But as Trump has refused to concede to Biden and continues to spread false claims of victory, this mundane process is taking on new significance.
Among key battleground states, counties in Michigan, Nevada and Wisconsin have all made it through the initial step of certifying results. Except for Wayne County, this process has largely been smooth. Arizona, Pennsylvania and Georgia still haven’t concluded their local certifications.
Then all eyes turn to statewide certification.
In Wayne County, the two Republican canvassers at first balked at certifying the vote, winning praise from Trump, and then reversed course after widespread condemnation. A person familiar with the matter said Trump reached out to the canvassers, Monica Palmer and William Hartmann, on Tuesday evening after the revised vote to express gratitude for their support. Then, on Wednesday, Palmer and Hartmann signed affidavits saying they believe the county vote “should not be certified.”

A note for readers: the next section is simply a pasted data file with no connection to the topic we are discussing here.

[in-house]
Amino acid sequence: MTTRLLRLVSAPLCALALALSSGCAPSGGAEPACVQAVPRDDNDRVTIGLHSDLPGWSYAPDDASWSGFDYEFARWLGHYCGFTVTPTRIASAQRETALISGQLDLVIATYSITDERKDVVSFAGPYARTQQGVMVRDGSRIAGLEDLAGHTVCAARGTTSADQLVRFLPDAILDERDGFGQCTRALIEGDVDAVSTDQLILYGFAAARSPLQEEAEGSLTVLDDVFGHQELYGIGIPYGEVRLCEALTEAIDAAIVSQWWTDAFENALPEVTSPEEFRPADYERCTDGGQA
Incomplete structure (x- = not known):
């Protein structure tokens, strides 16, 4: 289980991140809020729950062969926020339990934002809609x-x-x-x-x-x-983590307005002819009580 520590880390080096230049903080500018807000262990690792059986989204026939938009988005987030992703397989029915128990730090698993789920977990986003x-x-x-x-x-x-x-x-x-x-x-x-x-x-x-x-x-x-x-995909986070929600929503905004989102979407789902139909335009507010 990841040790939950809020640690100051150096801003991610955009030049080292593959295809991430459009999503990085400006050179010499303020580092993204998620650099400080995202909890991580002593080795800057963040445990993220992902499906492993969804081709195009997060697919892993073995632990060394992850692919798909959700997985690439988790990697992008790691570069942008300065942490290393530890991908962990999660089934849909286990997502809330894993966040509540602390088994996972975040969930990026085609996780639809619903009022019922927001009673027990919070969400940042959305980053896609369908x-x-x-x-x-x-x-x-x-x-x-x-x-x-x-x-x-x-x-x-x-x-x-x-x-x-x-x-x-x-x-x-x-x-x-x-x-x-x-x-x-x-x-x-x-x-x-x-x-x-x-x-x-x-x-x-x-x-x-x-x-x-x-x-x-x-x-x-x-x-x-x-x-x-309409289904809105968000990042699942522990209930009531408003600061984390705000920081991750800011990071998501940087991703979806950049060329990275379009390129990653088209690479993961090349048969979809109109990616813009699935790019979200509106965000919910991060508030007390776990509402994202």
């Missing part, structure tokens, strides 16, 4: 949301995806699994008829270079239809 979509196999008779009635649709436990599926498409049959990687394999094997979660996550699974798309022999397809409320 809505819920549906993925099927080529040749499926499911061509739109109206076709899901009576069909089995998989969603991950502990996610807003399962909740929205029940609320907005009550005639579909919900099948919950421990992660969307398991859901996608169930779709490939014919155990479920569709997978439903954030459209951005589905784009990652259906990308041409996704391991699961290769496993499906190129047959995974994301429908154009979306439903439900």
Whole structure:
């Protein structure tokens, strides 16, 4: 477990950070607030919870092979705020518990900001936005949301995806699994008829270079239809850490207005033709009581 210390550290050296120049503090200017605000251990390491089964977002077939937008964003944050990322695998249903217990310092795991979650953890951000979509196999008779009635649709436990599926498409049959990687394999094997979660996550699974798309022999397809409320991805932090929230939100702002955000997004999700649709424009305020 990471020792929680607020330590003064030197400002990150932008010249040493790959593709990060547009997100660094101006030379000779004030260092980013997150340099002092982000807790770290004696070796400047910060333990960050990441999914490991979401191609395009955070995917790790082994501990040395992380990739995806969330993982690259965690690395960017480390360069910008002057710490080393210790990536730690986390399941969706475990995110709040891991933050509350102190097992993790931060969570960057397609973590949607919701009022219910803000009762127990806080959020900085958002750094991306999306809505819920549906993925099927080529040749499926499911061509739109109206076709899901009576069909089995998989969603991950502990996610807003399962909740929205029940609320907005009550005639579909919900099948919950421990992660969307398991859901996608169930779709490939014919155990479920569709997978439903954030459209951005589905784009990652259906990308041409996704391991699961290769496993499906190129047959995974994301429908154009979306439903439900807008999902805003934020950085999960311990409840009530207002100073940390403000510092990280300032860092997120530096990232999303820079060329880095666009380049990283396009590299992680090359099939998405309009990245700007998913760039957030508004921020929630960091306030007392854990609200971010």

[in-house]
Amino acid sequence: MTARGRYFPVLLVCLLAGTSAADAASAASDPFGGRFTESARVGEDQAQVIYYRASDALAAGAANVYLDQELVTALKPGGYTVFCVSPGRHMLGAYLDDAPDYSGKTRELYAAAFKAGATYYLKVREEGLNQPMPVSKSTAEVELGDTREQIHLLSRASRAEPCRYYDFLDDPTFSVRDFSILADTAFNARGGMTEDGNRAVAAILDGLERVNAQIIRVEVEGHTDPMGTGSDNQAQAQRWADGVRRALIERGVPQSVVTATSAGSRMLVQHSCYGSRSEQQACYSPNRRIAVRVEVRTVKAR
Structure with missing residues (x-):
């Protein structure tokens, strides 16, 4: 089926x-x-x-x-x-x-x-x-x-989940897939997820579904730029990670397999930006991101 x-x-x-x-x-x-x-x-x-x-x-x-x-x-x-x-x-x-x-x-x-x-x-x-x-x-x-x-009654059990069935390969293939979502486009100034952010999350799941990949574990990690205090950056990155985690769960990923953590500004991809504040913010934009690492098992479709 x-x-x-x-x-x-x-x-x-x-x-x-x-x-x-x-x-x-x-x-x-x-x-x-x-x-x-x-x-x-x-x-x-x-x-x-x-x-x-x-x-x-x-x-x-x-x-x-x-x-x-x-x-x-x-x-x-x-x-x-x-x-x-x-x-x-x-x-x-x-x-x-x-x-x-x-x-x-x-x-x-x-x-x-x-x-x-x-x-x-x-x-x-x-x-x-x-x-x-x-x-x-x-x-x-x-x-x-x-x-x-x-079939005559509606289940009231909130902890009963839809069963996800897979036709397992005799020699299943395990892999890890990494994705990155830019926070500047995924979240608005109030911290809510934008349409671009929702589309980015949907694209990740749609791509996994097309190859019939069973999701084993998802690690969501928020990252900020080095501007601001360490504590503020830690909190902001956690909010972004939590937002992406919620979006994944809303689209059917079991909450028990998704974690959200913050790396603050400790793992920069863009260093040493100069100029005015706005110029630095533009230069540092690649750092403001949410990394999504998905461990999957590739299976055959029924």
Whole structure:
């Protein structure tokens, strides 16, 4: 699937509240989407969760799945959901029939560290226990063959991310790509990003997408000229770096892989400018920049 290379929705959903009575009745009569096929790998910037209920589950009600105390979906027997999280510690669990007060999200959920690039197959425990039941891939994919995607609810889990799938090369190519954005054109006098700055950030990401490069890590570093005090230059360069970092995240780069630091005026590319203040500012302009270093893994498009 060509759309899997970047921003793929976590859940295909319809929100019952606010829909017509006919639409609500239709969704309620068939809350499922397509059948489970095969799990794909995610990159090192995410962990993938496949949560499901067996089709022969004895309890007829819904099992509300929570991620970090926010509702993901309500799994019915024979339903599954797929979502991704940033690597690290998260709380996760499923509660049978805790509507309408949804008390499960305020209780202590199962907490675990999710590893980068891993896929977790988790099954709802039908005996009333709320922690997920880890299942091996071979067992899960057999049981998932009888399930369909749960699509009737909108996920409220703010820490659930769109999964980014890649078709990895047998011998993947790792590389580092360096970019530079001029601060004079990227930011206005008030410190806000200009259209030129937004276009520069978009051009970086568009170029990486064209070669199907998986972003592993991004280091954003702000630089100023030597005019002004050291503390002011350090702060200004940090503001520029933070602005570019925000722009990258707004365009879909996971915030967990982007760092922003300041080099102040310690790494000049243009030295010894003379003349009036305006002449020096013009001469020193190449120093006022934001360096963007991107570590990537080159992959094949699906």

Time is running short for Trump. Across the nation, recounts and court challenges must wrap up and election results must be certified by Dec. 8. That’s the constitutional deadline ahead of the Electoral College meeting the following week.
Matt Morgan, the Trump campaign’s general counsel, said last week the campaign was trying to halt certification in battleground states until it could get a better handle on vote tallies and whether it would have the right to automatic recounts. Right now, Trump is requesting a recount in Wisconsin in two counties, and Georgia is doing an hand audit after Biden led by a slim margin of 0.3 percentage points, but there is no mandatory recount law in the state. The law provides that option to a trailing candidate if the margin is less than 0.5 percentage points.
Some in the Republican president’s orbit have held out hope that by delaying certification, GOP-controlled state legislatures will get a chance to select different electors, either overturning Biden's victory or sending it to the House, where Trump would almost surely win.